I’m renewing my RCP License

You might recall that over the past couple of years, Ive been trying to decide whether or not I should renew my RCP license with the State of California. Since I’m no longer able to work as an Respiratory Therapist, I couldn’t really see any benefit in maintaining my license to practice. There’s also the financial burden of having to come up with the bi-annual renewal fees and all the costs associated with the continuing education requirements. Not a fortune, but still several hundred dollars per year, and living on a fixed income, I have to justify every penny I spend.

Well, after mulling over the pros and cons and listening to all your feedback on this topic, Ive decided to go for it and renew my license. It will cost me $460.00 that I can’t really afford, but like many of you have said, it’s better to have the license and not need it, than to need it and not have it.

Ive been licensed with the State of California continuously for more than 25 years now , and retiring it just because I’m no longer able to work, would be a shame. I’m an RT whether I practice the profession for money or not, so I might as well keep my license current. (Which by the way, forces me to keep my educational requirements up to date).

It took a lot of hard work on my part, but in return, the Respiratory care profession has been very good to me over the years. So, I guess that in itself, is worth the money and effort I have to fork out to keep my license current.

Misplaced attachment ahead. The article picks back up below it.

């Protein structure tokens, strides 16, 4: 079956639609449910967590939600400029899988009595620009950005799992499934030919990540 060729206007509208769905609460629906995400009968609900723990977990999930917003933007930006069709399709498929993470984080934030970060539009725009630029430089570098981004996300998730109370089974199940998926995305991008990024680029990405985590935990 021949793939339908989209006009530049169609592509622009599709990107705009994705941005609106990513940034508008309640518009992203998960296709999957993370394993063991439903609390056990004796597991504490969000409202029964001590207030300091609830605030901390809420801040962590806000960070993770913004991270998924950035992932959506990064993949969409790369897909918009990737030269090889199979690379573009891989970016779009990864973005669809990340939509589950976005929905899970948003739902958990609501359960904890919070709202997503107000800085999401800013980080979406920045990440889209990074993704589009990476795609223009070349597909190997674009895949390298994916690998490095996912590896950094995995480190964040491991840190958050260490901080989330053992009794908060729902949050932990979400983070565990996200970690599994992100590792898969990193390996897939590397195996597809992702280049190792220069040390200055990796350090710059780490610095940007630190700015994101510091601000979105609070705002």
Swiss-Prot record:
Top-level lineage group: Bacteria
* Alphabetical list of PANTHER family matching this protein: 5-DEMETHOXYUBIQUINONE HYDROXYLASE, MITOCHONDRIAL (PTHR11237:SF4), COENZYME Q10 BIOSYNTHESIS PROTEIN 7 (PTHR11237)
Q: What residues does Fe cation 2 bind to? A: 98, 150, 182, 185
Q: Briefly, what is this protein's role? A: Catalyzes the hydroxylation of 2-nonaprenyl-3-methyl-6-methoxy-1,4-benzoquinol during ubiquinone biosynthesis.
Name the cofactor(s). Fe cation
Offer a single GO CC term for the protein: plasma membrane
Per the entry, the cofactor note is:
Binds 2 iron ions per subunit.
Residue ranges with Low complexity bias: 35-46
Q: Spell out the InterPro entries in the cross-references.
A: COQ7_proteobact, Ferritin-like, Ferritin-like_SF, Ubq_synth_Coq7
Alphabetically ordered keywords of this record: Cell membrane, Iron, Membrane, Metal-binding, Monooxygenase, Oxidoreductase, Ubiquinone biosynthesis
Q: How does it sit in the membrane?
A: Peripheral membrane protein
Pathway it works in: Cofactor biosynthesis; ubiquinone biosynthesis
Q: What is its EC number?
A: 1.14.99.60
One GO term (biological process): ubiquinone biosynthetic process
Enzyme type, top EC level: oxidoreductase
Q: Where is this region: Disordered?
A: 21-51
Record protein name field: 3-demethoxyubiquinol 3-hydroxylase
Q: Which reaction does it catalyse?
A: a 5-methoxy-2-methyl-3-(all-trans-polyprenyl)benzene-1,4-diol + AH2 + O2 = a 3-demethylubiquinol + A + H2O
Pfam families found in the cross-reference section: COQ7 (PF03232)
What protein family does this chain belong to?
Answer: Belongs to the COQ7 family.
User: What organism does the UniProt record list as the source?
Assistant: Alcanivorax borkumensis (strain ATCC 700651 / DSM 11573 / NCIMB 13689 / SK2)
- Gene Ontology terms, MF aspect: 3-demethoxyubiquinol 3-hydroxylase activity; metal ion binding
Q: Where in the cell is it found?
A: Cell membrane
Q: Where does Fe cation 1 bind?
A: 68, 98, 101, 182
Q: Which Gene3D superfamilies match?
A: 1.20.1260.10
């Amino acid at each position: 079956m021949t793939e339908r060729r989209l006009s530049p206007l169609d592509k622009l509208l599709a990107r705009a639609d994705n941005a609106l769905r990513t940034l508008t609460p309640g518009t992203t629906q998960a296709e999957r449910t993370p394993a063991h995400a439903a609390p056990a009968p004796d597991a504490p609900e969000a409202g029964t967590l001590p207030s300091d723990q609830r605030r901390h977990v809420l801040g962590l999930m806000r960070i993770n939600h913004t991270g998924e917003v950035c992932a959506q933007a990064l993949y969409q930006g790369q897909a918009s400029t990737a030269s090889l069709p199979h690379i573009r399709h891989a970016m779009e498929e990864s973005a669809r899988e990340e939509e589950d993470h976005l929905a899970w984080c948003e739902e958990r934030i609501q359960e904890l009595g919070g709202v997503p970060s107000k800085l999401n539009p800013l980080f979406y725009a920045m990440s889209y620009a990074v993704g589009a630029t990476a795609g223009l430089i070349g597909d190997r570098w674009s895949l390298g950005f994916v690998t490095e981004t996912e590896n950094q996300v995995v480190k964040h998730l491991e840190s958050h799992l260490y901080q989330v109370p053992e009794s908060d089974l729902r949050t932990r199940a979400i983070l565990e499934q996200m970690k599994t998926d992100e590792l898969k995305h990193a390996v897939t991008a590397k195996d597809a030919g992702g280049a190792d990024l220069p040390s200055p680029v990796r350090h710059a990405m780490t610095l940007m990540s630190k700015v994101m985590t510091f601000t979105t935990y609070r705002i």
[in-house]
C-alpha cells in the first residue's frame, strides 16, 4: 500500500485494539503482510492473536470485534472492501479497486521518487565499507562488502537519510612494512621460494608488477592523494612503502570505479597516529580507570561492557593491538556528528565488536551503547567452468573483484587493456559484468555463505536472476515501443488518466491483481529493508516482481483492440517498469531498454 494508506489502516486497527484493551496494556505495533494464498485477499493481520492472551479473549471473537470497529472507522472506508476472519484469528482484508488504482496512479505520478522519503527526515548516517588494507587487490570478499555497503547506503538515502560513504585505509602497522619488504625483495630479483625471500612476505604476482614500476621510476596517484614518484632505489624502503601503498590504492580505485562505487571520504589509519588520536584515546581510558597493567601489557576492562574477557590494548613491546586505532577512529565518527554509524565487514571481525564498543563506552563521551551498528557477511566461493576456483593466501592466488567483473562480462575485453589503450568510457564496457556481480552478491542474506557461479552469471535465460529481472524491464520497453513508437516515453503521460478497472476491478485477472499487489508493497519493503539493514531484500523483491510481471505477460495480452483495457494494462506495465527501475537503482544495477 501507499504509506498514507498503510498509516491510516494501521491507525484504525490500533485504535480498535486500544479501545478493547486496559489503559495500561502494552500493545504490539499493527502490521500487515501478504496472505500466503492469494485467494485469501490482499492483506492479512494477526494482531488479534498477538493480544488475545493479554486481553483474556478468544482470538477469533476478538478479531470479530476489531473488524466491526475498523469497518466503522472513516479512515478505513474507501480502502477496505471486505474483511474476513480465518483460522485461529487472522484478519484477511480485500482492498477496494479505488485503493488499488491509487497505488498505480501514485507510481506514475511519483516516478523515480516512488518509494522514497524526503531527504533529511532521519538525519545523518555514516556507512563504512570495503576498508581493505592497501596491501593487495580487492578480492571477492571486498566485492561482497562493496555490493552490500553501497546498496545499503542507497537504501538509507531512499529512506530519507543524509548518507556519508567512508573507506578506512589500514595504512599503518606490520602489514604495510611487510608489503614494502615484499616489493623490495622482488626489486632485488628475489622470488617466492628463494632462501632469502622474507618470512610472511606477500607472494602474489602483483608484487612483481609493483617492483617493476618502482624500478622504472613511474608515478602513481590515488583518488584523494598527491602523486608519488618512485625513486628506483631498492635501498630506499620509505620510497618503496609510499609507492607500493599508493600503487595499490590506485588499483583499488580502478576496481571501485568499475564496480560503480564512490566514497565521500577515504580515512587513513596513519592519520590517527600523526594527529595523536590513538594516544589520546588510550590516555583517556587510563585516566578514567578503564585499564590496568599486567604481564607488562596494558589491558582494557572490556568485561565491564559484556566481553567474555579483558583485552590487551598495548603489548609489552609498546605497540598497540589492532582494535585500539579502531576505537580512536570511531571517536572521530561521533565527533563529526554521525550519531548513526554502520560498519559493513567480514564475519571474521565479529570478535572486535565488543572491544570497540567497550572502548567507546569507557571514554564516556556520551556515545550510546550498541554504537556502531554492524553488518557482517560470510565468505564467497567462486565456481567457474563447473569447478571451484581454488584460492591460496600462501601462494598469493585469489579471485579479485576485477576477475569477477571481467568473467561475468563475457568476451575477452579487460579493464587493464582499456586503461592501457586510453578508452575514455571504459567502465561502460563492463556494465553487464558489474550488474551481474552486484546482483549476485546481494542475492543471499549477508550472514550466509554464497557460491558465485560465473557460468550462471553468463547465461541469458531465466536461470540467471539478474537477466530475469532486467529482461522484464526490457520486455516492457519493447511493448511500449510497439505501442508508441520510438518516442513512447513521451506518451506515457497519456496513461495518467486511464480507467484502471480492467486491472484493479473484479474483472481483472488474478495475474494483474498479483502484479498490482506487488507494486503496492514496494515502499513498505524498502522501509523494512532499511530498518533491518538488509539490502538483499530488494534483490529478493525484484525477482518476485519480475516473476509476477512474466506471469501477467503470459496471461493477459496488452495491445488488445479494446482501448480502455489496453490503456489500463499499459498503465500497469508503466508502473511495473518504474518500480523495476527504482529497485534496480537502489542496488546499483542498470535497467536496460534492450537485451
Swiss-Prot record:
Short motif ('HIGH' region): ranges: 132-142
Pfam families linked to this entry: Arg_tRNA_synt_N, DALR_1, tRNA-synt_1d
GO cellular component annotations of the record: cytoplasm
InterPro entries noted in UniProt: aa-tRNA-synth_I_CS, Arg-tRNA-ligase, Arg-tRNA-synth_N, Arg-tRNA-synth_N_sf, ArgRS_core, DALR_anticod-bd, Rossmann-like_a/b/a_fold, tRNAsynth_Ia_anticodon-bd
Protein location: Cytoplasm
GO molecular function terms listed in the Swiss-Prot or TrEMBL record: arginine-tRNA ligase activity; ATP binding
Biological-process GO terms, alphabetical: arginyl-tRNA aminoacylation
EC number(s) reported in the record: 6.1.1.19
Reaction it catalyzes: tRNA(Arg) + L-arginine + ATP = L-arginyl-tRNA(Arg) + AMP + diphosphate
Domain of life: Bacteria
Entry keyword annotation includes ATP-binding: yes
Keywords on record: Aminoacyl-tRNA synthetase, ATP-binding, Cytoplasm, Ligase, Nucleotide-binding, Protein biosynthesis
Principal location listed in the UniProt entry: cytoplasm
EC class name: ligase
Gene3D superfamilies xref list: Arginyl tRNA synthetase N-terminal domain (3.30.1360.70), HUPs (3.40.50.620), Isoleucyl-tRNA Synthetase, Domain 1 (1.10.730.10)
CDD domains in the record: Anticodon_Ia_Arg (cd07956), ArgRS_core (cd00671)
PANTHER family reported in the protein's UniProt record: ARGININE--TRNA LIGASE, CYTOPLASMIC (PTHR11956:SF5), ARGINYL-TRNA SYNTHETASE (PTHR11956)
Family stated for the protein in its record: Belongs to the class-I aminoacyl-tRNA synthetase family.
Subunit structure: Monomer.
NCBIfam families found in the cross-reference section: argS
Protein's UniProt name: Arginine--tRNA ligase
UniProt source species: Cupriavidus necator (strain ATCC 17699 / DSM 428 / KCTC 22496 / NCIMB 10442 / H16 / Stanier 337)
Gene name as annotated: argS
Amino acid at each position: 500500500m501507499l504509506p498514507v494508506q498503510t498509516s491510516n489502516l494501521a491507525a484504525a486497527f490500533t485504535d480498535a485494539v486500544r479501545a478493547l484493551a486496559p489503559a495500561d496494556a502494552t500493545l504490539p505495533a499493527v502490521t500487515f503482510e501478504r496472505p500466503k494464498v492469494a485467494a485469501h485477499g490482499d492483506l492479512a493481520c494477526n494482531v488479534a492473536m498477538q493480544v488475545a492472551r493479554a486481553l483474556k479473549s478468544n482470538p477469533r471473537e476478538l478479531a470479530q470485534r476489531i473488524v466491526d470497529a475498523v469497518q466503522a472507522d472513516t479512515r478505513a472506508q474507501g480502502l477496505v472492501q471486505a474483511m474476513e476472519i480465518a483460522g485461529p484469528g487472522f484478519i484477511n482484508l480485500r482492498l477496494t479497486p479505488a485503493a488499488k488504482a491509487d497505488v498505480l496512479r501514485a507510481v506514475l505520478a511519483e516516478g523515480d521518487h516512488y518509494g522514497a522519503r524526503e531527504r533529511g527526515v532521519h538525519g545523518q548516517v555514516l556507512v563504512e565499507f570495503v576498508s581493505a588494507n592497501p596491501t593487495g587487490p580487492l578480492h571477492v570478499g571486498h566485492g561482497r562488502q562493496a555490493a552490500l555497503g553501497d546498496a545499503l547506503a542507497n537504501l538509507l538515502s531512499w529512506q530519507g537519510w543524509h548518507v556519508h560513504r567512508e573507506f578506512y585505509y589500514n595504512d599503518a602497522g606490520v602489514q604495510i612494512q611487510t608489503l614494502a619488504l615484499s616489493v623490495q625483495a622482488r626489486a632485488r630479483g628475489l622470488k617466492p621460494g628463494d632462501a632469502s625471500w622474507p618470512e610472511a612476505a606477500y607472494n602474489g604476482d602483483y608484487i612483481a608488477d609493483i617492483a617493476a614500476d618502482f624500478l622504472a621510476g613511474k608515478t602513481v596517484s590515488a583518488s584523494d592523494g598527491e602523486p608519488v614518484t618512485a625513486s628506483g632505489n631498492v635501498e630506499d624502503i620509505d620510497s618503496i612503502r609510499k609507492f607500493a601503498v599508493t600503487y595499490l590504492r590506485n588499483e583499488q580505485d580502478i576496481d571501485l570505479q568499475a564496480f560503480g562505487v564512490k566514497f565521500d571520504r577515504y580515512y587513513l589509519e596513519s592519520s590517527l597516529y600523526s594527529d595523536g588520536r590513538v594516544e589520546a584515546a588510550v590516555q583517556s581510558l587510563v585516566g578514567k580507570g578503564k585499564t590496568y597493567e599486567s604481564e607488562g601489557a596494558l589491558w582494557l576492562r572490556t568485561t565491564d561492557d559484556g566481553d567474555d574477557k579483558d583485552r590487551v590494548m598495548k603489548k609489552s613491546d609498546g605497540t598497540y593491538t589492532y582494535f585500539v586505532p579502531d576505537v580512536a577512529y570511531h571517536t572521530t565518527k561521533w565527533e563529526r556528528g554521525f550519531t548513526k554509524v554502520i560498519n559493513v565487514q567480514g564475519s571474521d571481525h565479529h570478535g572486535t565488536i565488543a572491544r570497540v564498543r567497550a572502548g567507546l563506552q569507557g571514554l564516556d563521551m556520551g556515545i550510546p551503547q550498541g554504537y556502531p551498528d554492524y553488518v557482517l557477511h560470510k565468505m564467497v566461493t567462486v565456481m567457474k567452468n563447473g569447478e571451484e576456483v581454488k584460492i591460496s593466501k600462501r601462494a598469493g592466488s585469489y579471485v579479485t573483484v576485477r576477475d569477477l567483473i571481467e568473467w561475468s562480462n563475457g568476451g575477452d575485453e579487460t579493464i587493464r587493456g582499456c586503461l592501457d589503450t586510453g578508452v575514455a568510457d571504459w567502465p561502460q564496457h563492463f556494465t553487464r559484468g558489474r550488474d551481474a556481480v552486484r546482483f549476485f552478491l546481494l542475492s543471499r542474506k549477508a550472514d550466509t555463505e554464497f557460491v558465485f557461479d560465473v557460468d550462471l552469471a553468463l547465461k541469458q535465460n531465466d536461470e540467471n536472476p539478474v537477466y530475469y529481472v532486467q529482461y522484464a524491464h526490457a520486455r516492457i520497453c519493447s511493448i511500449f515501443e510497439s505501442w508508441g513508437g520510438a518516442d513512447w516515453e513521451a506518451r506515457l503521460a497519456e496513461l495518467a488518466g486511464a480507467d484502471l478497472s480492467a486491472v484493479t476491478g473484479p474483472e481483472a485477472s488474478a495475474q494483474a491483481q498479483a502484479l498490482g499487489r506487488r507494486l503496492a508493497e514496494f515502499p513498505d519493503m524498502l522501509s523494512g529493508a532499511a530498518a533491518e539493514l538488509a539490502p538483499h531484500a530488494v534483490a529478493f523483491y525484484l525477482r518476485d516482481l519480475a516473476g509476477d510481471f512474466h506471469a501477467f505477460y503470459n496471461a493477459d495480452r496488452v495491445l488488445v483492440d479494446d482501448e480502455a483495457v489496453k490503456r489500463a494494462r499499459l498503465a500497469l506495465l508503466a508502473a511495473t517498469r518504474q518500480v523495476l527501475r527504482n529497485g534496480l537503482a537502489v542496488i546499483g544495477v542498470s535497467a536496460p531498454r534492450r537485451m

I sent the application in last Monday along with the required continuing medical education units ( CME’s). I ‘ll let you know what happens. If they approve my renewal, my license will only be valid again until this September, at which time I’ll have to renew again and send in another $230.00. It never ends……

Here are two documents that I am very proud of

I graduated from RT school in 1977, but didn’t earn the RRT credential until 20 years later in 1997

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  1. kerri says:

    Woohoo! RT Licence Renewal Internet Dance Party! (Just did some ceremonious dancing for you here in my kitchen.)
    I was hoping that was the decision you’d make, despite the added expense.

  2. Amy says:

    I'm glad you decided to renew! The license probably gives you credibility here on the blog, too–I always value what you and Rick have to write about, for example, asthma medications and treatments b/c you both have asthma AND have RT training and education.

    Speaking of which, I've been reading about the FDA approval of bronchial thermoplasty lately–is that an option for you?

  3. Steve says:

    Unfortunately, I'm not a candidate for thermosplasty, because Ive already lost much of the twitchiness in my upper airways that thermoplasty targets.

    Right now the only option for me is bilateral lung transplant surgery, of which I don't want.
    There is however, some research being done on a new class of asthma drugs that might help people like me. These new drugs wont hit the clinical trial stage for another 3 years. I'm hoping to be one of the first humans to try these new drugs.

  4. Amy says:

    Well that sucks….the new drugs sound promising, though. I hope you get to be one of the first humans, too!

  5. Thanks….Luckily I have some good friends in the asthma research biz.

  6. kerri says:

    Edit: by which i meant in the above comment RCP not RRT. 'Cause you're an RRT no matter what , right?
    You medical people and all your acronyms ;-).

  7. danielle10 says:

    I'm glad you decided this too. It may be the less practical route but I can tell you are proud of your career and that's really important! Well, I think it is anyway. Plus it'll force you to keep up your RT education as you said which is a good thing.

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